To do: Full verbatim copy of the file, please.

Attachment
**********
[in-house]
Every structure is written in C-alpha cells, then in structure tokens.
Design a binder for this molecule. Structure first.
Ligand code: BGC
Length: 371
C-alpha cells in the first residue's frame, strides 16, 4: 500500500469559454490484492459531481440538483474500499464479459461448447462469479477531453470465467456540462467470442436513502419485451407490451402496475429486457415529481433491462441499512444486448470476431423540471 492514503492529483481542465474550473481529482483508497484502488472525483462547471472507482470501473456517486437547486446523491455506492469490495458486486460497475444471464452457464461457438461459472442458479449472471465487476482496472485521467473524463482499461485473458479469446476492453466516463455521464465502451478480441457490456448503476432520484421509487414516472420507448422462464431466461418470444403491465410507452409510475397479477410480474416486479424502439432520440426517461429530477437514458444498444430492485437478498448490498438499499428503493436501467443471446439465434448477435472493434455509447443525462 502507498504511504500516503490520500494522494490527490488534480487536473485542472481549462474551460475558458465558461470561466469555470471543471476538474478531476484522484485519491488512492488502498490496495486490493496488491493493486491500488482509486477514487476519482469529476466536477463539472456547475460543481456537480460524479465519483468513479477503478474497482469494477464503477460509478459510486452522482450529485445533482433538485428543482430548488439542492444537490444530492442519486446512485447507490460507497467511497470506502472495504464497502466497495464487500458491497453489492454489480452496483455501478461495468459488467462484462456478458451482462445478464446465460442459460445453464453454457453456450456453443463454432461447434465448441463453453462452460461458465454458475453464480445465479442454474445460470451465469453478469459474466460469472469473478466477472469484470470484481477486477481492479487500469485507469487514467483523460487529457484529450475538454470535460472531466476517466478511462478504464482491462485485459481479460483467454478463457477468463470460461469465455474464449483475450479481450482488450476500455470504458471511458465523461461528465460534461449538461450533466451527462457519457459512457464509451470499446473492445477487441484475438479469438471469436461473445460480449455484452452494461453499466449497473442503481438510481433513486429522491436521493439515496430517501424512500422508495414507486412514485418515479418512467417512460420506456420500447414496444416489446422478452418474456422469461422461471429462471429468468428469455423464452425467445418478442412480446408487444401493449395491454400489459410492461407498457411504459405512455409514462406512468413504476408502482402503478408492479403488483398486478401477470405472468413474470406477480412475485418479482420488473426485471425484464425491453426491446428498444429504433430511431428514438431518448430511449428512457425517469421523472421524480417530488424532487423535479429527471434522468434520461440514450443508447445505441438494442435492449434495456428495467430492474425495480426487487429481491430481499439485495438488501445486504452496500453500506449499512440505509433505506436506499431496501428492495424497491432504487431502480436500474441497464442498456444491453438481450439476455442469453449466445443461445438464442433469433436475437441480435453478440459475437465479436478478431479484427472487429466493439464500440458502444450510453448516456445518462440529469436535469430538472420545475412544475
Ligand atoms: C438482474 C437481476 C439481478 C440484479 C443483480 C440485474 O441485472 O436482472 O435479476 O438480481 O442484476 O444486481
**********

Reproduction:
[in-house]
Every structure is written in C-alpha cells, then in structure tokens.
Design a binder for this molecule. Structure first.
Ligand code: BGC
Length: 371
C-alpha cells in the first residue's frame, strides 16, 4: 500500500469559454490484492459531481440538483474500499464479459461448447462469479477531453470465467456540462467470442436513502419485451407490451402496475429486457415529481433491462441499512444486448470476431423540471 492514503492529483481542465474550473481529482483508497484502488472525483462547471472507482470501473456517486437547486446523491455506492469490495458486486460497475444471464452457464461457438461459472442458479449472471465487476482496472485521467473524463482499461485473458479469446476492453466516463455521464465502451478480441457490456448503476432520484421509487414516472420507448422462464431466461418470444403491465410507452409510475397479477410480474416486479424502439432520440426517461429530477437514458444498444430492485437478498448490498438499499428503493436501467443471446439465434448477435472493434455509447443525462 502507498504511504500516503490520500494522494490527490488534480487536473485542472481549462474551460475558458465558461470561466469555470471543471476538474478531476484522484485519491488512492488502498490496495486490493496488491493493486491500488482509486477514487476519482469529476466536477463539472456547475460543481456537480460524479465519483468513479477503478474497482469494477464503477460509478459510486452522482450529485445533482433538485428543482430548488439542492444537490444530492442519486446512485447507490460507497467511497470506502472495504464497502466497495464487500458491497453489492454489480452496483455501478461495468459488467462484462456478458451482462445478464446465460442459460445453464453454457453456450456453443463454432461447434465448441463453453462452460461458465454458475453464480445465479442454474445460470451465469453478469459474466460469472469473478466477472469484470470484481477486477481492479487500469485507469487514467483523460487529457484529450475538454470535460472531466476517466478511462478504464482491462485485459481479460483467454478463457477468463470460461469465455474464449483475450479481450482488450476500455470504458471511458465523461461528465460534461449538461450533466451527462457519457459512457464509451470499446473492445477487441484475438479469438471469436461473445460480449455484452452494461453499466449497473442503481438510481433513486429522491436521493439515496430517501424512500422508495414507486412514485418515479418512467417512460420506456420500447414496444416489446422478452418474456422469461422461471429462471429468468428469455423464452425467445418478442412480446408487444401493449395491454400489459410492461407498457411504459405512455409514462406512468413504476408502482402503478408492479403488483398486478401477470405472468413474470406477480412475485418479482420488473426485471425484464425491453426491446428498444429504433430511431428514438431518448430511449428512457425517469421523472421524480417530488424532487423535479429527471434522468434520461440514450443508447445505441438494442435492449434495456428495467430492474425495480426487487429481491430481499439485495438488501445486504452496500453500506449499512440505509433505506436506499431496501428492495424497491432504487431502480436500474441497464442498456444491453438481450439476455442469453449466445443461445438464442433469433436475437441480435453478440459475437465479436478478431479484427472487429466493439464500440458502444450510453448516456445518462440529469436535469430538472420545475412544475
Ligand atoms: C438482474 C437481476 C439481478 C440484479 C443483480 C440485474 O441485472 O436482472 O435479476 O438480481 O442484476 O444486481